If you’re new to collecting vintage jewelry, you might think that pieces fall into two categories – new and used. For many people, that’s enough, and they buy second hand jewelry because it either appeals to their sense of style or because it’s simply more affordable than new pieces.
If that’s you, great. It’s not my place to tell anyone what they should collect or what they should buy. After all, it’s really about buying what you like.
For the hard core among us, there are several different eras of antique or vintage jewelry, as described in a recent article I found online. They’re all distinctly different, and each has their fans. Of course, you might like several of them, or all of them, or none of them. Such is taste.
The Georgian era is the first era that’s widely sought out (though less widely collected due to rarity) by collectors. This period covered most of the 18th century and consisted of ornate pieces that were heavily laden with gemstones. There were lots of diamonds and little else, and for that reason, a lot of pieces from the Georgian era have been disassembled for the stones. You might see the occasional ring or earring, but bigger pieces like necklaces are either in private collections or in museums.
The Victorian era covered most of the 19th century and corresponded with the rule of Queen Victoria of England. This era is divided into two sections, defined by Prince Albert’s life. When he was alive, popular fashion included pieces with hearts and birds, but later, after his death, jewelry of the period began to feature dark stones, such as onyx.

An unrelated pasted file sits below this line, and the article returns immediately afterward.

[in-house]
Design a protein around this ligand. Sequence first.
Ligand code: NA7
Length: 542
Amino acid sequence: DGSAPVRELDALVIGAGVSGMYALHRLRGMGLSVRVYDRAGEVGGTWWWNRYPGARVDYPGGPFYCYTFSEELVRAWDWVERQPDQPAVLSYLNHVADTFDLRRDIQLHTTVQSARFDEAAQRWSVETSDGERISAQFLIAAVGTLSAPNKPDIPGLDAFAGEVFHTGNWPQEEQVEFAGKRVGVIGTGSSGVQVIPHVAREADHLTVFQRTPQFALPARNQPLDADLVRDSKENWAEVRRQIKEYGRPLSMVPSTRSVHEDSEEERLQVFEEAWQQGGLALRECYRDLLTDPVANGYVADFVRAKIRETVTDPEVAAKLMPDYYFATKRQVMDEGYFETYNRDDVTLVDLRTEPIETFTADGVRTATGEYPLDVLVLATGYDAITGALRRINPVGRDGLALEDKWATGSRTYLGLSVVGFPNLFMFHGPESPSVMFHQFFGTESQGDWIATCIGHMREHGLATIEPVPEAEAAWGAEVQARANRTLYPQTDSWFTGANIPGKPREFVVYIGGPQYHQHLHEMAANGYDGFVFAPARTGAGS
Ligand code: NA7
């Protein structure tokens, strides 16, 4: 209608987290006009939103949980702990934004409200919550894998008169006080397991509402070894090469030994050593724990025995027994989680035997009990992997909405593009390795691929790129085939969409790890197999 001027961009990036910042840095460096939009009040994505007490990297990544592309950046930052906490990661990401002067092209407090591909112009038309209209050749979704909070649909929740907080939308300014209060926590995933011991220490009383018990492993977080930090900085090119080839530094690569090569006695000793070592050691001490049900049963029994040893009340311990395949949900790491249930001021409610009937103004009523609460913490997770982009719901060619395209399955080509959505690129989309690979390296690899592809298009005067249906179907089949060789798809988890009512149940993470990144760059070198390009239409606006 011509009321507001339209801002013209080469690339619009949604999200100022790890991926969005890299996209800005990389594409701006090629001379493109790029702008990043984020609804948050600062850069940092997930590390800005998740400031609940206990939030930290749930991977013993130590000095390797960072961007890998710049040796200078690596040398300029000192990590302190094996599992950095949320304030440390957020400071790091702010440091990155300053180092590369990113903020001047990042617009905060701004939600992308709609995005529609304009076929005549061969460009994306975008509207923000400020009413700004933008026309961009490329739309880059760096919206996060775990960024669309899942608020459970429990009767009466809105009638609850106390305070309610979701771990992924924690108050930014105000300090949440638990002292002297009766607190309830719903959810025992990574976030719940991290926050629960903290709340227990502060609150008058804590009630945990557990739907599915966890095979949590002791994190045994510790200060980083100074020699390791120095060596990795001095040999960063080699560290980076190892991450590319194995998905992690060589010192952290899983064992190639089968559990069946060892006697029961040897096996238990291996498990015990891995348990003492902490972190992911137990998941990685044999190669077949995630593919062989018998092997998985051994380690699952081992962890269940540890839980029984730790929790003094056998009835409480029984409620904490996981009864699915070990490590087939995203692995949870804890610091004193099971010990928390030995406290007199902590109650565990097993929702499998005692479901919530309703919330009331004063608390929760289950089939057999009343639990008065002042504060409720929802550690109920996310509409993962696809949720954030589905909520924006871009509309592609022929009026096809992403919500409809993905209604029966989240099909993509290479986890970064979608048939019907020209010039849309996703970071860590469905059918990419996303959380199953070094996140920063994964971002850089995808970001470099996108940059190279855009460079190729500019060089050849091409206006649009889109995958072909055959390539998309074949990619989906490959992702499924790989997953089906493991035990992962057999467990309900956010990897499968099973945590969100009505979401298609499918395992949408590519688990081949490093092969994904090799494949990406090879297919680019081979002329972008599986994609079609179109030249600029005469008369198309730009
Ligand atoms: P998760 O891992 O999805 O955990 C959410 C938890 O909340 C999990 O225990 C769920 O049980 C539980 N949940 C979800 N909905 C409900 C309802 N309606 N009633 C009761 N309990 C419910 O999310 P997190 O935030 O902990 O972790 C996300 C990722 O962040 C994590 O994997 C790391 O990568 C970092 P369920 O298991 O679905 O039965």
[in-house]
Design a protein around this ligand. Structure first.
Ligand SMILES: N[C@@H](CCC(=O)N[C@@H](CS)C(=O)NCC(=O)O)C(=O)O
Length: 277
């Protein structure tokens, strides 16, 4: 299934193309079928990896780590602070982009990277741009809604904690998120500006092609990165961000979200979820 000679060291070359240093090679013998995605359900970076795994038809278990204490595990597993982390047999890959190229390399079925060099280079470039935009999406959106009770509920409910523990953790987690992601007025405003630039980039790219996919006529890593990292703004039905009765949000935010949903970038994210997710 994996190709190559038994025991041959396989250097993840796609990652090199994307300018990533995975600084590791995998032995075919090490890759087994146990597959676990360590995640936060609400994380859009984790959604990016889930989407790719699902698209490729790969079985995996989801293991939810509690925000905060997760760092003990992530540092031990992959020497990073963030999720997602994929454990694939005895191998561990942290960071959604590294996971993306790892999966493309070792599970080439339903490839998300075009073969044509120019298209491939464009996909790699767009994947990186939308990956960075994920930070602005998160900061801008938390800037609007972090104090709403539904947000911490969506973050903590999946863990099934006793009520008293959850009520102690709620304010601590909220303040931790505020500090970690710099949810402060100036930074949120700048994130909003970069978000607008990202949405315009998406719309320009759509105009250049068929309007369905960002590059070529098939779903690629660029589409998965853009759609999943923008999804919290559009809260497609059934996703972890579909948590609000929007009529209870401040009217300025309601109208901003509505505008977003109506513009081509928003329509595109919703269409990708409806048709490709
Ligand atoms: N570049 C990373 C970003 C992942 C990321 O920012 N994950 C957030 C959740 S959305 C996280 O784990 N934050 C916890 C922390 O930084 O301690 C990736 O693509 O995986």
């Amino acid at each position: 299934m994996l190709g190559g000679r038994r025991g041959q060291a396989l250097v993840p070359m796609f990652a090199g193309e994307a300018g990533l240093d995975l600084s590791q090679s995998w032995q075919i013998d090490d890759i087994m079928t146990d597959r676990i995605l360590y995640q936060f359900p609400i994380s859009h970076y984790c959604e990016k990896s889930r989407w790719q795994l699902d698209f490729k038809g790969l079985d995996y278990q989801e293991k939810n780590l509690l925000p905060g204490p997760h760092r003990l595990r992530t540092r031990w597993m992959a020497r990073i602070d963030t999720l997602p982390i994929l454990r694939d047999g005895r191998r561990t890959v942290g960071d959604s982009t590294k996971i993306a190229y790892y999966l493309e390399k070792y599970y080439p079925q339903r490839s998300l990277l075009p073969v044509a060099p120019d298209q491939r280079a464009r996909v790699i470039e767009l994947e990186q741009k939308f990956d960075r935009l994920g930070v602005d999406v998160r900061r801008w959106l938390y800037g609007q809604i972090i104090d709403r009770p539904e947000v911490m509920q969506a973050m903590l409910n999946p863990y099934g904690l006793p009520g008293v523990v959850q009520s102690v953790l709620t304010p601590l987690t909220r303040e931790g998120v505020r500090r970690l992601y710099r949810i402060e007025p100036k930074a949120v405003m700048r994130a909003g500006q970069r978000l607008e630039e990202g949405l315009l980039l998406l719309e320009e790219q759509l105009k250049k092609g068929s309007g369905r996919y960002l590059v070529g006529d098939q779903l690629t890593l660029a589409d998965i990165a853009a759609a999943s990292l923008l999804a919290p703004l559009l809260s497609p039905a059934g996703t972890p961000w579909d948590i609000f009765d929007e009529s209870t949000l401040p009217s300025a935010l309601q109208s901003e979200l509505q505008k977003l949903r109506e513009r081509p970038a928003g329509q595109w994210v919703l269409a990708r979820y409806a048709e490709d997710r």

The Art Deco period was a short lived but well-remembered one. Art Deco is hard to define; it’s one of those “I know it when I see it” sort of things. Popular in the 1920s and 1930s, the style made use of bold lines, symmetry, and rectangular or triangular patterns. Pieces from this period often included diamonds along with jade, coral or lapis.
The Retro and Mid-Century periods overlap, and cover the time from just before World War II to the 1960s. These pieces are sometimes referred to as cocktail jewelry and offered big, bold pieces that were designed to grab your attention. Pieces were designed to look glamorous and colorful, even if they used fake stones, rather than the real ones used in previous eras. Pieces from this era are quite popular today, due to the influence of retro-themed movies and TV shows. Plus, the pieces are far more affordable than those from earlier eras that may have included lots of gold or real diamonds.
Your preference is your own, and most women own clothes that will work well with a variety of jewelry from various eras. While you likely won’t want to mix and match pieces from different eras with the same outfit, it helps to have a wide variety of pieces in your jewelry case, as you just never know what is going to look best with whatever it is you’re going to wear today.